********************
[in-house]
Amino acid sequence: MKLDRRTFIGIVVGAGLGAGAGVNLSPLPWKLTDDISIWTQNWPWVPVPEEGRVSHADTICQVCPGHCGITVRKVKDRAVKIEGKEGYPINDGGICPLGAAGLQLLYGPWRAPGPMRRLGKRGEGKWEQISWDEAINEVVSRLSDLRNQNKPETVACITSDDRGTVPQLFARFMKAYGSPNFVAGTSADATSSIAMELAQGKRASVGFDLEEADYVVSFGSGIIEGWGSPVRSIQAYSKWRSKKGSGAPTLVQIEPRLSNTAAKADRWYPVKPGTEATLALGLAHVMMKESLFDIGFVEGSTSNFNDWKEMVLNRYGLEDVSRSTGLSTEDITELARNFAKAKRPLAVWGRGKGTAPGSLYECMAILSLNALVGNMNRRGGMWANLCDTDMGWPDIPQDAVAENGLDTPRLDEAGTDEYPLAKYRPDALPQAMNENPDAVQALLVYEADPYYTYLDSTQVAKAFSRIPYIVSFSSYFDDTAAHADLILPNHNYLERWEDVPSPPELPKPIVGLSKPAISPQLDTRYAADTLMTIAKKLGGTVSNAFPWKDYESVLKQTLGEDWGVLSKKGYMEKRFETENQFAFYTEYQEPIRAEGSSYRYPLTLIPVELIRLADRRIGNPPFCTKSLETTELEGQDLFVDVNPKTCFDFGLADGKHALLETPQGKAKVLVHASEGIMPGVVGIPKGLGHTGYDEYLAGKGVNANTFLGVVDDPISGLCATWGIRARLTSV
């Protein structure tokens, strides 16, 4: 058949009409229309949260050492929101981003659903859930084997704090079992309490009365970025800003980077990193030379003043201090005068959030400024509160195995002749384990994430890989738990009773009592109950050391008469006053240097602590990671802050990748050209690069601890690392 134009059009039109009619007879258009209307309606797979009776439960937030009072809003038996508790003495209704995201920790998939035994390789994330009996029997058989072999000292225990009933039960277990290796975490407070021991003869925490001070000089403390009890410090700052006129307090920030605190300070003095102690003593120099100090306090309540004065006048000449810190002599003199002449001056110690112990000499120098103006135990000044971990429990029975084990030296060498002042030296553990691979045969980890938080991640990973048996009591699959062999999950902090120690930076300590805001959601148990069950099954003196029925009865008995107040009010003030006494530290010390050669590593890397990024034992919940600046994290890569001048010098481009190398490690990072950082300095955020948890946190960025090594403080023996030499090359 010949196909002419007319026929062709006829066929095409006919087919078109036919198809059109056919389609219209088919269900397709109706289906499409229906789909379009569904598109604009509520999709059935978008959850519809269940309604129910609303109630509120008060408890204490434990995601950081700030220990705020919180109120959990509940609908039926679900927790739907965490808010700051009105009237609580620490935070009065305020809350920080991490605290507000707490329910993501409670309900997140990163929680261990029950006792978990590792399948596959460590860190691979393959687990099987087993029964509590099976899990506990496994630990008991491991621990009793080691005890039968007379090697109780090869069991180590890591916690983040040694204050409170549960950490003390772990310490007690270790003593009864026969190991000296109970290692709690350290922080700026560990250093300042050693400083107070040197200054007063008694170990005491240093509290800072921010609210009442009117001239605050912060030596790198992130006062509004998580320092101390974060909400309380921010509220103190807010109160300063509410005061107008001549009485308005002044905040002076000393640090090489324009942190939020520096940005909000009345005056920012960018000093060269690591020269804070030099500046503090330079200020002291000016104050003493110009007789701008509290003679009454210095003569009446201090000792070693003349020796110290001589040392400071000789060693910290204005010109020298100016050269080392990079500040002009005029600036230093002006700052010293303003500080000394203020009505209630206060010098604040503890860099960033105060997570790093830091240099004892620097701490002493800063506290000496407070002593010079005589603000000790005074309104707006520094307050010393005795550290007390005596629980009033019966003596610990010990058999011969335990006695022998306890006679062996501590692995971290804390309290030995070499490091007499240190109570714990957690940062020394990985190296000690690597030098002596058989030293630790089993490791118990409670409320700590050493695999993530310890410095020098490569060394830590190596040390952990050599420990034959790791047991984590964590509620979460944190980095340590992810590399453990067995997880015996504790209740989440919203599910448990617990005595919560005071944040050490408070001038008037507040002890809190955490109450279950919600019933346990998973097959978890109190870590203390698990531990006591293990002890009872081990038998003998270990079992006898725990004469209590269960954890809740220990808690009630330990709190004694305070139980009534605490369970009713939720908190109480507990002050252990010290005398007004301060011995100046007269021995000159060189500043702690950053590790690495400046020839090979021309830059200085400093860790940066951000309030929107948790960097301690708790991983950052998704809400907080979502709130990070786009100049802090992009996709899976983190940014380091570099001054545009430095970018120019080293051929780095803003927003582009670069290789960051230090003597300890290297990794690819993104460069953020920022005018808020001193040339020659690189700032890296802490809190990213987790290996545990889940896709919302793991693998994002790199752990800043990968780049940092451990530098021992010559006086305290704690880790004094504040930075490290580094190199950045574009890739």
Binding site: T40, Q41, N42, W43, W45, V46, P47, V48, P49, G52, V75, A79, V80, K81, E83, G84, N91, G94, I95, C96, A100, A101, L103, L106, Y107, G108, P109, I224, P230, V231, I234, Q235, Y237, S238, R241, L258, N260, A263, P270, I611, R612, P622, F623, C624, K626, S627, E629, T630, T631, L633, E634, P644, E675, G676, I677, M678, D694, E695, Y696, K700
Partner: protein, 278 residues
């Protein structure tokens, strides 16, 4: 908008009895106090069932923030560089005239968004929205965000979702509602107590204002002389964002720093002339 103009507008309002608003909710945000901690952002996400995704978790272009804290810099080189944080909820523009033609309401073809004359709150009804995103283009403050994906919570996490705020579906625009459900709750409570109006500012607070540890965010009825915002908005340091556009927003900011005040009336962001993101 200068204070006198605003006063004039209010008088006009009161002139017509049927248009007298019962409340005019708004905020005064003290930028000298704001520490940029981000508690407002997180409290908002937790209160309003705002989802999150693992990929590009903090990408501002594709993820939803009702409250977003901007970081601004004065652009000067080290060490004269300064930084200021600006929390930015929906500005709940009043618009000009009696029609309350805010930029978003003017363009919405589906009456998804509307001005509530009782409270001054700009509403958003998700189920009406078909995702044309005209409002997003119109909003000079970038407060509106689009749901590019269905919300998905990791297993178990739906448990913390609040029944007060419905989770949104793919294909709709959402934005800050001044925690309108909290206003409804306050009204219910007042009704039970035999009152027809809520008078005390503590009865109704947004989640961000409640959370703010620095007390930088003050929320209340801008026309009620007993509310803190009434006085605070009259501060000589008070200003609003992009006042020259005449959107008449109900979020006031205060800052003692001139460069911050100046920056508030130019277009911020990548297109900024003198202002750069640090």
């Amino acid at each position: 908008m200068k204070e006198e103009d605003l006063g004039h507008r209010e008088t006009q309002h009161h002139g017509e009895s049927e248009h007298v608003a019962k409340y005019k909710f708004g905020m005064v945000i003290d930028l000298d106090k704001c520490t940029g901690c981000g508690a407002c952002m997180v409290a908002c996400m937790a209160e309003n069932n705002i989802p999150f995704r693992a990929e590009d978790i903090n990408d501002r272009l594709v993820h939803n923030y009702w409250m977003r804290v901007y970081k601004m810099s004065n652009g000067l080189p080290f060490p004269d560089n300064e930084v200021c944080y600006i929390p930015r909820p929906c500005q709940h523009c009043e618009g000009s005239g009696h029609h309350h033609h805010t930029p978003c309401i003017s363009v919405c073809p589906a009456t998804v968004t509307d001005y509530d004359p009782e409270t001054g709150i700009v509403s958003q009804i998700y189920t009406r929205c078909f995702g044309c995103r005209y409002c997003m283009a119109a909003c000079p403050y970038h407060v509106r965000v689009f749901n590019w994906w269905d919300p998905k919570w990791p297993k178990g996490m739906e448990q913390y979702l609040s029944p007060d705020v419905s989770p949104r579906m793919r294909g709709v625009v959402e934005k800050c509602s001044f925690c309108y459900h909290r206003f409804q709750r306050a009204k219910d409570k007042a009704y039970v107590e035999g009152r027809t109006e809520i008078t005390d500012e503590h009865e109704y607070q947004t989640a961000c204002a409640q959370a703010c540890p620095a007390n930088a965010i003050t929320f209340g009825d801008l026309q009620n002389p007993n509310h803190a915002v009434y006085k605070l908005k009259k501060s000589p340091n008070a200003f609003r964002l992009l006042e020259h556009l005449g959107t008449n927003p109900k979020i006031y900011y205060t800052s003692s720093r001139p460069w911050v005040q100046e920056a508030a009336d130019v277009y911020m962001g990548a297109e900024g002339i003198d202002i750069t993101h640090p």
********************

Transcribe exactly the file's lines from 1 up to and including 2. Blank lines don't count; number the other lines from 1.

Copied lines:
[in-house]
Amino acid sequence: MKLDRRTFIGIVVGAGLGAGAGVNLSPLPWKLTDDISIWTQNWPWVPVPEEGRVSHADTICQVCPGHCGITVRKVKDRAVKIEGKEGYPINDGGICPLGAAGLQLLYGPWRAPGPMRRLGKRGEGKWEQISWDEAINEVVSRLSDLRNQNKPETVACITSDDRGTVPQLFARFMKAYGSPNFVAGTSADATSSIAMELAQGKRASVGFDLEEADYVVSFGSGIIEGWGSPVRSIQAYSKWRSKKGSGAPTLVQIEPRLSNTAAKADRWYPVKPGTEATLALGLAHVMMKESLFDIGFVEGSTSNFNDWKEMVLNRYGLEDVSRSTGLSTEDITELARNFAKAKRPLAVWGRGKGTAPGSLYECMAILSLNALVGNMNRRGGMWANLCDTDMGWPDIPQDAVAENGLDTPRLDEAGTDEYPLAKYRPDALPQAMNENPDAVQALLVYEADPYYTYLDSTQVAKAFSRIPYIVSFSSYFDDTAAHADLILPNHNYLERWEDVPSPPELPKPIVGLSKPAISPQLDTRYAADTLMTIAKKLGGTVSNAFPWKDYESVLKQTLGEDWGVLSKKGYMEKRFETENQFAFYTEYQEPIRAEGSSYRYPLTLIPVELIRLADRRIGNPPFCTKSLETTELEGQDLFVDVNPKTCFDFGLADGKHALLETPQGKAKVLVHASEGIMPGVVGIPKGLGHTGYDEYLAGKGVNANTFLGVVDDPISGLCATWGIRARLTSV